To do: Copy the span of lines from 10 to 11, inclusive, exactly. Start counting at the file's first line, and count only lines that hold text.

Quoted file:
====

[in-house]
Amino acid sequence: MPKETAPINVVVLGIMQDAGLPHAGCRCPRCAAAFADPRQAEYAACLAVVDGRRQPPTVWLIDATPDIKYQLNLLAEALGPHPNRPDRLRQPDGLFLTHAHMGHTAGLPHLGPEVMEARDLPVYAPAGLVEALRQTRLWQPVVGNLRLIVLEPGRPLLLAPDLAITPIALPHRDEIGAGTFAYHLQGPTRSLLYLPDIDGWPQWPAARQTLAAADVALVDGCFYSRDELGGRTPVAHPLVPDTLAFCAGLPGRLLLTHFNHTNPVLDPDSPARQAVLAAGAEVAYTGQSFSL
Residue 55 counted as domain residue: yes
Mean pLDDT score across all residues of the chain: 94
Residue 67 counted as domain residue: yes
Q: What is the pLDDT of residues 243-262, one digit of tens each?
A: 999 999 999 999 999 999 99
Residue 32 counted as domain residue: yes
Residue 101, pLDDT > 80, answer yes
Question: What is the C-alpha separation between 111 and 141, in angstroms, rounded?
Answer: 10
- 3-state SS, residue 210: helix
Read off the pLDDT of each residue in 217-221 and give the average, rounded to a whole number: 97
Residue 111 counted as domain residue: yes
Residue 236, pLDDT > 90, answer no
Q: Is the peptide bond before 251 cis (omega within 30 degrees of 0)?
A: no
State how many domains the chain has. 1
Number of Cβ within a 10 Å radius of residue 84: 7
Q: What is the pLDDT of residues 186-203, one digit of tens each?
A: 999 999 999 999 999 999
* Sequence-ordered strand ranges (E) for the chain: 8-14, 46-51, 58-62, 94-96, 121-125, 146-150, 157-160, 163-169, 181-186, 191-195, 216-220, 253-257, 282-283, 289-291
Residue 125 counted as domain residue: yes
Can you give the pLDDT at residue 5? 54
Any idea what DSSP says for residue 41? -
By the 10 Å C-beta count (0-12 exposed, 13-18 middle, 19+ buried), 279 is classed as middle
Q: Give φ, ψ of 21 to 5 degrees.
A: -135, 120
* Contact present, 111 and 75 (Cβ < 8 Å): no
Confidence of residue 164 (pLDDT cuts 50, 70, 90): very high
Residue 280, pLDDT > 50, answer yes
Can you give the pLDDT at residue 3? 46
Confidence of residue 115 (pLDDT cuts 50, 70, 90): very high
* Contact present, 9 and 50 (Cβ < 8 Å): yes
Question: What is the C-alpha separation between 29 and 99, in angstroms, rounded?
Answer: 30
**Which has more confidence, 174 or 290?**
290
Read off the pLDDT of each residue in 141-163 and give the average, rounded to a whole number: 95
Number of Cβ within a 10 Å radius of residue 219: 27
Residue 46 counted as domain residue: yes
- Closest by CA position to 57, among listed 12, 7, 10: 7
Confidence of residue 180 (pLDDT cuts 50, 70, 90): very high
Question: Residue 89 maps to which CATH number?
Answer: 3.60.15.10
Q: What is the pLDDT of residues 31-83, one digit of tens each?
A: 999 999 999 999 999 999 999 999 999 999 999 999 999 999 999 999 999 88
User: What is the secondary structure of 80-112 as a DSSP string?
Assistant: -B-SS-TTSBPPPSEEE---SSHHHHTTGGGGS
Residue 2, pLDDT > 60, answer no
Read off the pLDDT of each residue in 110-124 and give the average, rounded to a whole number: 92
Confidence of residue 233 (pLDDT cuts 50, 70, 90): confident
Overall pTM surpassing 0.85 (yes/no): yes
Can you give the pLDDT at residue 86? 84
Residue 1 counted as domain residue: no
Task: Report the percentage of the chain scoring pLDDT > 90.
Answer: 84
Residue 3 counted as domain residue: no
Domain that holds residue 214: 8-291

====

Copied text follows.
Question: What is the C-alpha separation between 111 and 141, in angstroms, rounded?
Answer: 10